While I was photographing an editorial piece on factory child labor in India, I had walked into a store in a small town north of Bangalore. I was only in there ten minutes when I heard a man, who looked like the owner, command the workers to shut and lock the door and draw the curtains. I looked around and realized I was the only female in there, me and five men.
What happened next is challenging to put into words, as most spiritual or divine experiences are. I stood near a shelf of scarves, scrutinizing the men who were all lasciviously eying me. Sweat pearled on my forehead and in my hands and I felt lightheaded and nauseous. My heart beat so loud I thought the men could hear it. It was as though I was wearing a stethoscope, the sound of my heart pulsating drowned out their words.Then, the pressure of the air shifted around me, becoming dense yet electric, comparable to how it felt the night I saw the warrior and when the man was in my room. A calming sensation came over me and I heard words in my mind, yet the voice was not my own, say, ‘Go tell the man sitting at the desk about your father’s illness.’ I didn’t hesitate as I had no alternative plan.
I walked over to the desk and sat across from the man and said, “My father just had a heart attack and I’m not sure he’s going to live.” The man’s eyebrows lifted and he said, “Your father! The father is everything. The mother is nothing but the father, yes, he is most important.”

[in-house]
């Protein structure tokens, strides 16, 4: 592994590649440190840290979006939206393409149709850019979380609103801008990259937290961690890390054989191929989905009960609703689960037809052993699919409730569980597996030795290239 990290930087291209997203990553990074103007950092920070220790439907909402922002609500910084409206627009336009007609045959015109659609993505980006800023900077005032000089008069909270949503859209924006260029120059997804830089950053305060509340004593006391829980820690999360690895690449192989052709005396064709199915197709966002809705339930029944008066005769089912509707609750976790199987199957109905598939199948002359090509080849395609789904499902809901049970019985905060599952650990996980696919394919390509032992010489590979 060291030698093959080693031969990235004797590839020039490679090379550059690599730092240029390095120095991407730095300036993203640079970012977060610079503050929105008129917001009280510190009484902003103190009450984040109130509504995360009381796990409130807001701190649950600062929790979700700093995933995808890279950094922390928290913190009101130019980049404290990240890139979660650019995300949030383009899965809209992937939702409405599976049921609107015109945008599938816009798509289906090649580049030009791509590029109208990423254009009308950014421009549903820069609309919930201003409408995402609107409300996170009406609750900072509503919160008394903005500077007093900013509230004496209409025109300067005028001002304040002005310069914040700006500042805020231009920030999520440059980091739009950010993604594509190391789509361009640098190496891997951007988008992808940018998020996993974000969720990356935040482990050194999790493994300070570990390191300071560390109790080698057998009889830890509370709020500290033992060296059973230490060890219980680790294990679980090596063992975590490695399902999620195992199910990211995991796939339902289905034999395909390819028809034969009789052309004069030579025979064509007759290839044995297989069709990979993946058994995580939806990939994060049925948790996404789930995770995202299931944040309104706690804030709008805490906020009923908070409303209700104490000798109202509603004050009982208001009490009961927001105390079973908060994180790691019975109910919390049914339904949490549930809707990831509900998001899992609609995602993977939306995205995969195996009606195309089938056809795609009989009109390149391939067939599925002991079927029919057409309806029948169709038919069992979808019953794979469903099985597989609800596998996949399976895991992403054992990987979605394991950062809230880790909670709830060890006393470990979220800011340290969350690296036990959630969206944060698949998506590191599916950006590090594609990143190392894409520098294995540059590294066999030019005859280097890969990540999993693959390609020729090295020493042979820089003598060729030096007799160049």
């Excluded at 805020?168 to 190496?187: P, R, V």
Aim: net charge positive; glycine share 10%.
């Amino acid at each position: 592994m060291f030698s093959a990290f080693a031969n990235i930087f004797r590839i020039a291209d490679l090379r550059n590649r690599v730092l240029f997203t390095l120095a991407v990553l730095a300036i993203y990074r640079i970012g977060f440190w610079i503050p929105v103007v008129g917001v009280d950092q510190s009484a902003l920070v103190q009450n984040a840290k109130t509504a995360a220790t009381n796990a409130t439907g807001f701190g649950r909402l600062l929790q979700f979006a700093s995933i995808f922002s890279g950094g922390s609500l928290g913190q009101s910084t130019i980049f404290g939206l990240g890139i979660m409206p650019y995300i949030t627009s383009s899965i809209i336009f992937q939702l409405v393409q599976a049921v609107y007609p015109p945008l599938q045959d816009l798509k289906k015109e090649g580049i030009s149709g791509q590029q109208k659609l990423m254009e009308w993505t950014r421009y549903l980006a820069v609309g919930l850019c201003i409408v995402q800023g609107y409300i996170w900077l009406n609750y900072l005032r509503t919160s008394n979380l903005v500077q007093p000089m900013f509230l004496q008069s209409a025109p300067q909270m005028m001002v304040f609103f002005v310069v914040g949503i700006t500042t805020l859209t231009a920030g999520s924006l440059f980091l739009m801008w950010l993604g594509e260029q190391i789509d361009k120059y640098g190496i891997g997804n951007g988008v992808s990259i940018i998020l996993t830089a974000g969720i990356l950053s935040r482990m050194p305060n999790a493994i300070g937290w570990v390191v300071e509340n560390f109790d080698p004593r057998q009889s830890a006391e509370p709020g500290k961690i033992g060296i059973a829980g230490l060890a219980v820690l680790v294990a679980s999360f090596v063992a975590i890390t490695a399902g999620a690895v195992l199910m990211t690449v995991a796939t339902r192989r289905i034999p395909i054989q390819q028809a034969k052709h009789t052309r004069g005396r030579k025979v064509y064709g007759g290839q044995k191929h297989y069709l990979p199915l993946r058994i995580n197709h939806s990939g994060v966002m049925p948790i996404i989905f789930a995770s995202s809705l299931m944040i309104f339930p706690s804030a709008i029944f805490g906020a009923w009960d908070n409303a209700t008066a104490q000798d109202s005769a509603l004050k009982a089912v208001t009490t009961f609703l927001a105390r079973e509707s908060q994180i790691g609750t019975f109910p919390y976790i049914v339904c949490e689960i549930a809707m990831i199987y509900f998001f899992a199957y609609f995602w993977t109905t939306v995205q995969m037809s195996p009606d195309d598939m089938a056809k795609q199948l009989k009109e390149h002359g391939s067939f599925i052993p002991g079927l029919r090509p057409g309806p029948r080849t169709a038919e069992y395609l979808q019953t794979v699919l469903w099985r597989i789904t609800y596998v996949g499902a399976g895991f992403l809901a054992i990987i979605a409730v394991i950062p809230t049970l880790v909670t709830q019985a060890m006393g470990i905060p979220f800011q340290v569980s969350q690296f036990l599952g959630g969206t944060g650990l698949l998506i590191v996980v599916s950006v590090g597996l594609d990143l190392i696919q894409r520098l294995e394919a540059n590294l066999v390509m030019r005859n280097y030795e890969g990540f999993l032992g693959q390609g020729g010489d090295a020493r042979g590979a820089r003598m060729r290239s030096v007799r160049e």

I told him how distressed I was and how much I loved my dad. How hard it was to be away from him and what a good father he was to me. The man looked at the other men and said, “We’re letting her go. Unlock the door.”
I bolted out the door and ran to the hotel. I sat down on the bed and tried to calm my heart. I still felt a warm presence. The experience exhausted me and even though my nerves were sizzled from the adrenaline, I eventually laid down and fell asleep. Right before I nodded off I thought I heard the words, “You will be okay. All is well.”
e to edit.
While in my twenties, my psychic ability expanded as well as my experiences with the divine. I traveled the globe alone either for recreation or work as a photographer.
On one occasion as I was leaving on a trip to Asia to do a photo shoot, I was staring at my dad as my sister pulled out of the driveway to take me to the airport, when I saw an image of a skull, his skull, superimposed over his face. It looked like he was wearing a Day-of-the-Dead mask, dark holes protruded from sunken cheekbones, skinless. I drew back, gasping, blinked and it was gone. Then, I saw his smiling face, blowing me a kiss. I didn't know what to think. I wanted to ignore it and act like it didn't happen.
But I saw it, I know i did. While traveling, an ominous energy surrounded me. I knew something bad was going to happen. I didn't know where or how but I knew. I tried to hide from this dread-like companion but it followed me everywhere, even when I tried to outrun it. Eventually it would catch up to me and cozy up inside my stomach like a lead ball.
I was in Bali, sleeping soundly when I heard, again words spoken to me, “Rachel wake up.” I opened my eyes. The early morning light stretched across the room. I searched for the source of the voice and there was no one there. As I sat up, I knew with the utmost certainty that I had to call home.